1. What are the three dimensions to business problems? Provide examples of each.
Dimension #1- People
Lack of employee training
Difficulties of evaluating performance
Legal and regulatory compliance
Lack of employee support and participation
Poor management. (Essentials of Management Information systems ch.1, pg.22)
Dimension #2- Organizations
Outdated business processes
Unsupportive culture and attitudes
Turbulent business environment, change
Complexity of task
Inadequate resources. (Essentials of Management Information systems ch.1, pg.22)
Dimension #3- Technology
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(Essentials of Management Information systems ch.1, pg.13)
3. How will Information Systems affect business careers and what information systems skills and knowledge are essential?
Looking out to 2016, the U.S. economy will create 15.6 million new jobs and 30 million existing jobs will open up as their occupants retire. More than 95 percent of the new jobs will be created in the service sector. The vast majority of these new jobs and replacement jobs will require a college degree to perform (Statistical Abstract, 2008; U.S. Bureau of Labor Statistics, 2009). 24 Part I: Information Systems in the Digital Age ISBN 1-256-42913-9 What this means is that U.S. business firms are looking for candidates who have a broad range of problem-solving skills—the ability to read, write, and present ideas—as well as the technical skills required for specific tasks. Regardless of your business school major, or your future occupation, information systems and technologies will play a major and expanding role in your day-to-day work and your career. Your career opportunities, and your compensation, will in part depend on your ability to help business firms use information systems to achieve their objectives. (Essentials of Management Information systems ch.1, pg.24, 25)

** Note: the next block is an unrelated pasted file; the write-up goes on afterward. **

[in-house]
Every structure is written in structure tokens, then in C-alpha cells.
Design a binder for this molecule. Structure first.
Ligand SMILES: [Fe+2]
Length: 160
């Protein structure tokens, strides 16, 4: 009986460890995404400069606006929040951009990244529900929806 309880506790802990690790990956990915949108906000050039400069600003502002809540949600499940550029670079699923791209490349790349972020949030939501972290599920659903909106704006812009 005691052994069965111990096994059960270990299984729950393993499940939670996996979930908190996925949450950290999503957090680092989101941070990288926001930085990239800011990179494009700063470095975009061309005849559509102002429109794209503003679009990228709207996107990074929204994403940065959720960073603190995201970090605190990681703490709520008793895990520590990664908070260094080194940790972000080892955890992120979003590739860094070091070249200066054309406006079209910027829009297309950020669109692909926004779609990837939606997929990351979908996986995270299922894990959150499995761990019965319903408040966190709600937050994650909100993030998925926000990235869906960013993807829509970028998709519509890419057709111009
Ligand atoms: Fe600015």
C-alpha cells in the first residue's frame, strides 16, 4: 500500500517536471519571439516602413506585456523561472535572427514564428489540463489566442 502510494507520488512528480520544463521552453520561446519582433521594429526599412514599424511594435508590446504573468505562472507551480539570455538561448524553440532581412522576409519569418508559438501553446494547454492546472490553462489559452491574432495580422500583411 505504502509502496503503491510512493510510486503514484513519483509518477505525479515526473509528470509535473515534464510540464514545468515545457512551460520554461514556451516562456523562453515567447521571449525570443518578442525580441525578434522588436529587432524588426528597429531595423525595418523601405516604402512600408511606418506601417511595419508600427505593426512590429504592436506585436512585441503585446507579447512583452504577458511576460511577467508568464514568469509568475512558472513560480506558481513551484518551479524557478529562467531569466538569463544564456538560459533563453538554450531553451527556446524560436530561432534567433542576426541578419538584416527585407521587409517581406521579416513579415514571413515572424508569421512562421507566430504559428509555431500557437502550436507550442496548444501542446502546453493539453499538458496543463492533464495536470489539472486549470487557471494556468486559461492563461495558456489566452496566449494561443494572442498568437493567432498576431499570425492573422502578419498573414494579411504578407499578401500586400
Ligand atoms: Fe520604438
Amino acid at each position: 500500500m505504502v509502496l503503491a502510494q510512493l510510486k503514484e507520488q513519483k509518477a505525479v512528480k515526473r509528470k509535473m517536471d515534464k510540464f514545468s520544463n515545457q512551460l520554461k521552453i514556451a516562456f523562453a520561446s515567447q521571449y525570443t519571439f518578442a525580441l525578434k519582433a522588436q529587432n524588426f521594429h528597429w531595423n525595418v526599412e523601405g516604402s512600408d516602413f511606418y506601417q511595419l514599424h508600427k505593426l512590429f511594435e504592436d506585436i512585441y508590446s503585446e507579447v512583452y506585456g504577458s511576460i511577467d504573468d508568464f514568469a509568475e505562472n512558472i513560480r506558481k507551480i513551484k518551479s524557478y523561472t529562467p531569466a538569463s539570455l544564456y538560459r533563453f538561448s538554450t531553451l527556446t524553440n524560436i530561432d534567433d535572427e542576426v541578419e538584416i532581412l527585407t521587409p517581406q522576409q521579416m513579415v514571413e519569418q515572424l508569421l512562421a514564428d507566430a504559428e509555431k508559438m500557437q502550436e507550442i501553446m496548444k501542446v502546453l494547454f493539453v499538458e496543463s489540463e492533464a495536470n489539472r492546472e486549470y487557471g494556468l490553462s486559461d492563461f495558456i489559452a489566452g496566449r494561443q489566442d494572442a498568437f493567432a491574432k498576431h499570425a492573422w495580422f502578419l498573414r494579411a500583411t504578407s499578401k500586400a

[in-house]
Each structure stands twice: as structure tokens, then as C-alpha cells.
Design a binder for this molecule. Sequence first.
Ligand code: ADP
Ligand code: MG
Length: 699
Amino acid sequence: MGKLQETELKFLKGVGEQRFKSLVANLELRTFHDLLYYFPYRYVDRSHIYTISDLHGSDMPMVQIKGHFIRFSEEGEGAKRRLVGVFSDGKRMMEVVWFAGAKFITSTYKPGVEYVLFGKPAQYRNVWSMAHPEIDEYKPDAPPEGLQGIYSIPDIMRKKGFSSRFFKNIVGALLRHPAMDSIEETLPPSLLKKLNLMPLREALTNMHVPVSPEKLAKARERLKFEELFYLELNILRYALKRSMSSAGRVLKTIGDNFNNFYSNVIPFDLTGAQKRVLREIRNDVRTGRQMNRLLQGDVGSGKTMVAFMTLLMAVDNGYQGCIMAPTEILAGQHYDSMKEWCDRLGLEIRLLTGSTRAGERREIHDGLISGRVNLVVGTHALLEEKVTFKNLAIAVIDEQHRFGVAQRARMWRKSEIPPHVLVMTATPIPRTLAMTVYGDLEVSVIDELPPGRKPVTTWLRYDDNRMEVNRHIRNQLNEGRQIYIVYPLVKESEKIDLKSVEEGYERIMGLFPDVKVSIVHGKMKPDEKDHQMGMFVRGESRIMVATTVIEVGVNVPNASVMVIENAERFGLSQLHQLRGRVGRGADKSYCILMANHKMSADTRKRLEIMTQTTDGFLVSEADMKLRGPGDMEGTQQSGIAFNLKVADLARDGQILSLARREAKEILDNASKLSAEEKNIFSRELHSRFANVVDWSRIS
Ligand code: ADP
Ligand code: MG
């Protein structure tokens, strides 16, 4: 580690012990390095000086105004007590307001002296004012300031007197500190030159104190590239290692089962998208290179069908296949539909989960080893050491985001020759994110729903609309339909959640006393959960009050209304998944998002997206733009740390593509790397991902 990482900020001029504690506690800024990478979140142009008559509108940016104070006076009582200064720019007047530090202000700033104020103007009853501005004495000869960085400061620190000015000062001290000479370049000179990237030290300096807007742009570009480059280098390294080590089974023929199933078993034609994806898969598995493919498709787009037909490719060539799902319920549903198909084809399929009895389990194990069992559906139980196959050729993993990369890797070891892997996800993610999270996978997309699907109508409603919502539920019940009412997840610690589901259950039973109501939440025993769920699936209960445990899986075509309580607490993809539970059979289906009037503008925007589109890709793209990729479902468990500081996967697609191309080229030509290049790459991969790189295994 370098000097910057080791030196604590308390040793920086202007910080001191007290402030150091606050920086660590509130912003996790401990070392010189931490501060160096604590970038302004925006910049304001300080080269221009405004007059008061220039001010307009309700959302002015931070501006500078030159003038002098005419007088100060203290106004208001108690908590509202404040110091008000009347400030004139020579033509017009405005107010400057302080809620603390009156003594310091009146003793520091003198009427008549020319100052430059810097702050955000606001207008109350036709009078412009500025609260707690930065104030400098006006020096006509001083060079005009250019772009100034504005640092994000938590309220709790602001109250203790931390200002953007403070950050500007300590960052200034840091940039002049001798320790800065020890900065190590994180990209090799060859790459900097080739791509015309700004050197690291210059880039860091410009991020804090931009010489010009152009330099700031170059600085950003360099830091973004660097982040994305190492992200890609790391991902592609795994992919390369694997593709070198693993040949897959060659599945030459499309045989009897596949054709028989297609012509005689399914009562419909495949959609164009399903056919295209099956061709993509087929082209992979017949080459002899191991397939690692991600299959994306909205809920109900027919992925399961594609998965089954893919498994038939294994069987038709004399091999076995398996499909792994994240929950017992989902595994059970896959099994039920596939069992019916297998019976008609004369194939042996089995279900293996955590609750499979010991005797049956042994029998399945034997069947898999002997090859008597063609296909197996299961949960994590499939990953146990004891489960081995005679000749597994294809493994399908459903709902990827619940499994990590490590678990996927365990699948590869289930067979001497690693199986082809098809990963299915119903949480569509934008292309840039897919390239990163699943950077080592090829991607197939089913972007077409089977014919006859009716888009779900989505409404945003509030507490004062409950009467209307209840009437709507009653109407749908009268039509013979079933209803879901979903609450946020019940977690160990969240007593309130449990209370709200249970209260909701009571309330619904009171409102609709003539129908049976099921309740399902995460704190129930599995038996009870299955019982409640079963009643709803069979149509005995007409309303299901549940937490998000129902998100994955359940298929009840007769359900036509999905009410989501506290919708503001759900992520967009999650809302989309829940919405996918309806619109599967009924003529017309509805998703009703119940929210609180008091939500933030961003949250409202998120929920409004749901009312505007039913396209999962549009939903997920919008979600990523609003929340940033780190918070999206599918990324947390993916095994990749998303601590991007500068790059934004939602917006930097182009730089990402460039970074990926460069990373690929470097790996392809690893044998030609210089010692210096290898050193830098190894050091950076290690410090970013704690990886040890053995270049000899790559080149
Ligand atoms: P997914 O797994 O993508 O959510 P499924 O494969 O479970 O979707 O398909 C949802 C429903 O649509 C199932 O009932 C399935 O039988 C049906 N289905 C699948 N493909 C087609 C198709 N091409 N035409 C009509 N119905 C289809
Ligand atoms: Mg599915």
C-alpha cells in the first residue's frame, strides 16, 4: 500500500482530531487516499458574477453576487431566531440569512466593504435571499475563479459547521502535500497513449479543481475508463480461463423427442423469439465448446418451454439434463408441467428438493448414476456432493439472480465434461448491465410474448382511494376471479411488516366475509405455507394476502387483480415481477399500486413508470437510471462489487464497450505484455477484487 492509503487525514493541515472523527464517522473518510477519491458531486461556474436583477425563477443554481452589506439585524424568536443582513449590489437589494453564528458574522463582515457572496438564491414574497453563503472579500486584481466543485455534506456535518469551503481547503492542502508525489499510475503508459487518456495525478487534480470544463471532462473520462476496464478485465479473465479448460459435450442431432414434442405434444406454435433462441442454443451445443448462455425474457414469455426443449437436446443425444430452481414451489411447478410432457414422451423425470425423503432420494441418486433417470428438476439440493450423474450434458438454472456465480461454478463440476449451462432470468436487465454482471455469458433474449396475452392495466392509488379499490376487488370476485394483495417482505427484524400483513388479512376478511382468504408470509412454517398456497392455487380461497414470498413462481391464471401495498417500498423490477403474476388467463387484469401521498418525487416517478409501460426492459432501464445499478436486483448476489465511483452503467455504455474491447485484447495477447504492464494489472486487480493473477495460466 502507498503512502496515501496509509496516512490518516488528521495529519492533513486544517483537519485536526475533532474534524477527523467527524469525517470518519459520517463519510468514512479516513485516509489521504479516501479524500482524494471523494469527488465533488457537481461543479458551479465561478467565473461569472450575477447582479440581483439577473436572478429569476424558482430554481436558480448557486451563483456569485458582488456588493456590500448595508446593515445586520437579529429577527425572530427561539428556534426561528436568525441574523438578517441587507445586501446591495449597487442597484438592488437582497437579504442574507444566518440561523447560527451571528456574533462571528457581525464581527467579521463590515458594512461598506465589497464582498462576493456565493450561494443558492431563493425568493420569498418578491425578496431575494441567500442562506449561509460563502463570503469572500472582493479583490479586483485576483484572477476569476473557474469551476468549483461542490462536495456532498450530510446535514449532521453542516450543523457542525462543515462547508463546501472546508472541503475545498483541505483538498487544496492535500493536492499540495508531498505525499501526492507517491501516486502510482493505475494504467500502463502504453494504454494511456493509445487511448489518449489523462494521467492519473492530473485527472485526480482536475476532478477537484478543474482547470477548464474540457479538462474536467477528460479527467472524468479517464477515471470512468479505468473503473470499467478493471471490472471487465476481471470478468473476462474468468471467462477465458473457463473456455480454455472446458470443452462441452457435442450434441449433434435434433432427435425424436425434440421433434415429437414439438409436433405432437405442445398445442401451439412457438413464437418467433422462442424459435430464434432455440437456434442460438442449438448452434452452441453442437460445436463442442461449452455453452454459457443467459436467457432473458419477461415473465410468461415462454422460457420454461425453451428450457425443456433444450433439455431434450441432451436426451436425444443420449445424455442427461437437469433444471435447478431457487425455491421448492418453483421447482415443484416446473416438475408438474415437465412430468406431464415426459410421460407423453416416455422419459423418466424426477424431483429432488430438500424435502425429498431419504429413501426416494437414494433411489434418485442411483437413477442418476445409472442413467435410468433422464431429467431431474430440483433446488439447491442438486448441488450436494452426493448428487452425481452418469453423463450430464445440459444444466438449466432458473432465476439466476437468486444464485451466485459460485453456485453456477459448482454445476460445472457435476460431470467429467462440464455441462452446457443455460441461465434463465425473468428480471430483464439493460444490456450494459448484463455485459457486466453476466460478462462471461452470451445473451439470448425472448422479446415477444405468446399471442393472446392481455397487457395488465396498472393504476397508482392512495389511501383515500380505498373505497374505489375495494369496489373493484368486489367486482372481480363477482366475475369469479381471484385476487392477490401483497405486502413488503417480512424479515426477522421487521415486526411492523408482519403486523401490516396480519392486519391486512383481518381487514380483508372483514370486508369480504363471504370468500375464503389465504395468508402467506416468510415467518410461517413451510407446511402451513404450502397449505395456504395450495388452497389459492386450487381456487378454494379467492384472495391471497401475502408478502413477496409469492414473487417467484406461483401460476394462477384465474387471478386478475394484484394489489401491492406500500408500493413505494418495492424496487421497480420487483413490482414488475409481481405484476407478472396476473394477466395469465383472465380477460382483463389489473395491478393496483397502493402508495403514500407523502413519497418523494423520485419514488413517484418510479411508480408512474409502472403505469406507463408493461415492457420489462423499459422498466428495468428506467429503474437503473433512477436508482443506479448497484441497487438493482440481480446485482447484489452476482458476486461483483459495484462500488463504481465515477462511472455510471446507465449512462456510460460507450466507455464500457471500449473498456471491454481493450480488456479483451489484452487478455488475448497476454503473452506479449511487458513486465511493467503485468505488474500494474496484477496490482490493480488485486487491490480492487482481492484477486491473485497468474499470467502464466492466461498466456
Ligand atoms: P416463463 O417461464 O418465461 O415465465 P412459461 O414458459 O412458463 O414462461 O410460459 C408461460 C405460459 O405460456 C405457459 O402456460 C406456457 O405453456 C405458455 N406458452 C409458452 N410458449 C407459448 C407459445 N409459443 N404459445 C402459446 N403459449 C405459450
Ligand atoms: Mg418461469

• All business students, regardless of major, should understand how information systems and technologies can help firms achieve business objectives such as achieving operational efficiency, developing new products and services, and maintaining customer intimacy. (Essentials of Management Information systems ch.1, pg.29)
• Perhaps the most dominant theme that pervades this review of necessary job skills is the central role of databases in a modern firm. Each of the careers we have just described relies heavily in practice on databases. (Essentials of Management Information systems ch.1, pg.29)
• With the pervasive growth in databases come inevitably an exponential growth in digital information and a resulting challenge to managers trying to understand all this information. Regardless of major, business students need to develop skills in...